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Terzaghi Theory of One-Dimensional Consolidation

Terzaghi's Theory of One-Dimensional Consolidation

Terzaghi’s Theory of One-Dimensional Consolidation

  1. The theory for the time rate of one-dimensional consolidation was initially planned by Terzaghi (1925). The underlying assumption in the derivation of the mathematical equations are as follows

  2.  The soil is homogeneous and isotropic.

  3.  The soil is fully saturated.

  4. The solid particles and water within the voids are incompressible. The consolidation happens because of the expulsion of water from the voids.

  5. The coefficient of permeability of the soil has the same value at all points and it remains constant during the entire period of consolidation.

  6. Darcy’s law is valid throughout the consolidation process.

  7. Soil is laterally confined, and the consolidation takes place only in the axial direction. Drainage of water also occurs only in the vertical direction.

  8. The interruption in consolidation is due entirely to the low permeability of the soil.

  9. There is unique. relationship between the void ratio and therefore the effective stress and this relationship remains constant throughout the load increment. In alternative words, the constant of squeezability and therefore the constant of volume change area unit constant.

  10. The assumptions made by Terzaghi are not fully satisfied with actual field problems. The results obtained from the use of the theory to practice problems are approximate. However, considering the complexity of the problem, the theory gives a reasonably accurate estimate of the time ratio of the settlement of a structure built on the soil.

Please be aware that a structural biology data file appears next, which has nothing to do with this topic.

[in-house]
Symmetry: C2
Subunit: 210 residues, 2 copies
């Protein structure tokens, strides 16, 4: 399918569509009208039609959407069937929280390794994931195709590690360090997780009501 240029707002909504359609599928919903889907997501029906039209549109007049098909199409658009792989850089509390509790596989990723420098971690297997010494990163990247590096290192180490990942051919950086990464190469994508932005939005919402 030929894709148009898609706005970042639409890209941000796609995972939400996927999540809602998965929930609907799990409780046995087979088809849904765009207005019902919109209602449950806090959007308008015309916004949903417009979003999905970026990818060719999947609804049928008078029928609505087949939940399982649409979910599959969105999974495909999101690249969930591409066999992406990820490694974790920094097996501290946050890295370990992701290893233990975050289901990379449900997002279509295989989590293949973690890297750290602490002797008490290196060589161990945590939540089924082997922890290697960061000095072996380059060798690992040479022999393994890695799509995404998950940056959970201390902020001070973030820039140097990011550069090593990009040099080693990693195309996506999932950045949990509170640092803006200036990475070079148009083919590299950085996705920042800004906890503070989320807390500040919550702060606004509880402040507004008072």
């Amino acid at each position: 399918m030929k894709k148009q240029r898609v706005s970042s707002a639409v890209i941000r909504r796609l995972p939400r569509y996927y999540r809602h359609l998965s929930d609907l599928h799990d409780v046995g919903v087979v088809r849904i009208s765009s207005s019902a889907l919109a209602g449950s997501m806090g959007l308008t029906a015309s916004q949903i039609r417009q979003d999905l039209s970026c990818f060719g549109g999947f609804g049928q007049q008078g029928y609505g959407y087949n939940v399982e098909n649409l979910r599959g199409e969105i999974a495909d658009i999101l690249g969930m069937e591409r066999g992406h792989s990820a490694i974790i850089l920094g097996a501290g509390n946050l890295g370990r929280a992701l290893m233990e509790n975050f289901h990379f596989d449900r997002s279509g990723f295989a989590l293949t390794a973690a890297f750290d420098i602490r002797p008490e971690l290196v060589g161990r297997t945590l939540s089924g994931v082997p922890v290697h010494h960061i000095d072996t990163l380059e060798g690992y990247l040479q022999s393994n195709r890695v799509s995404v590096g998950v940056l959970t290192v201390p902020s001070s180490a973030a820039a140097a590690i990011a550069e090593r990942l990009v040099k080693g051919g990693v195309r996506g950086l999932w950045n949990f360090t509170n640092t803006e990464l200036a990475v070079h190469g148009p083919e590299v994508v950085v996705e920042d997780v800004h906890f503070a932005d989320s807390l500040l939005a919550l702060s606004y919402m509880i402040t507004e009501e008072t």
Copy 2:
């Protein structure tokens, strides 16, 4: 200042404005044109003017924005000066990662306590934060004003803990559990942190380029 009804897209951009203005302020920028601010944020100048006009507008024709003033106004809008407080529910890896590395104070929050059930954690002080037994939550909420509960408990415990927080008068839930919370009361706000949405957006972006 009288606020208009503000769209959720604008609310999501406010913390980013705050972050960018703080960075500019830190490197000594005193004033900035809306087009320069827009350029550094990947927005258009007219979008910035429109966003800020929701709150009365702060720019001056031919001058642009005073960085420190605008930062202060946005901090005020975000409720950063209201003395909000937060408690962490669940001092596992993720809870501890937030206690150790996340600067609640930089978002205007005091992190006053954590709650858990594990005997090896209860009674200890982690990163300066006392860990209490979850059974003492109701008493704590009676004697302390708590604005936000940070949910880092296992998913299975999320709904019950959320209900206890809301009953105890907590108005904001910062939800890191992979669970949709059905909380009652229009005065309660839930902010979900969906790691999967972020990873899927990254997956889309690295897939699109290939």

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Limitations of Terzaghi Theory

Limitations of Terzaghi Theory The value of the coefficient of consolidation has been assumed to be constant.  The distance d of the drainage path cannot be measured accurately in the field. The thickness of the deposit is generally variable, and an average value has to be estimated.  There is sometimes difficulty 1n locating the drainage face, and sometimes thin previous seams that can act as good drainage faces are missed in the boring operations. The equation is based on the assumption that the consolidation is one-dimensional. In the field, the consolidation is generally 3-dimensional. The lateral drainage may have a significant effect on the time rate of consolidation. The initial consolidation and secondary consolidation have been neglected. Sometimes these form an important part of the total consolidation. In actual practice, the pressure distribution may be far from linear or uniform.

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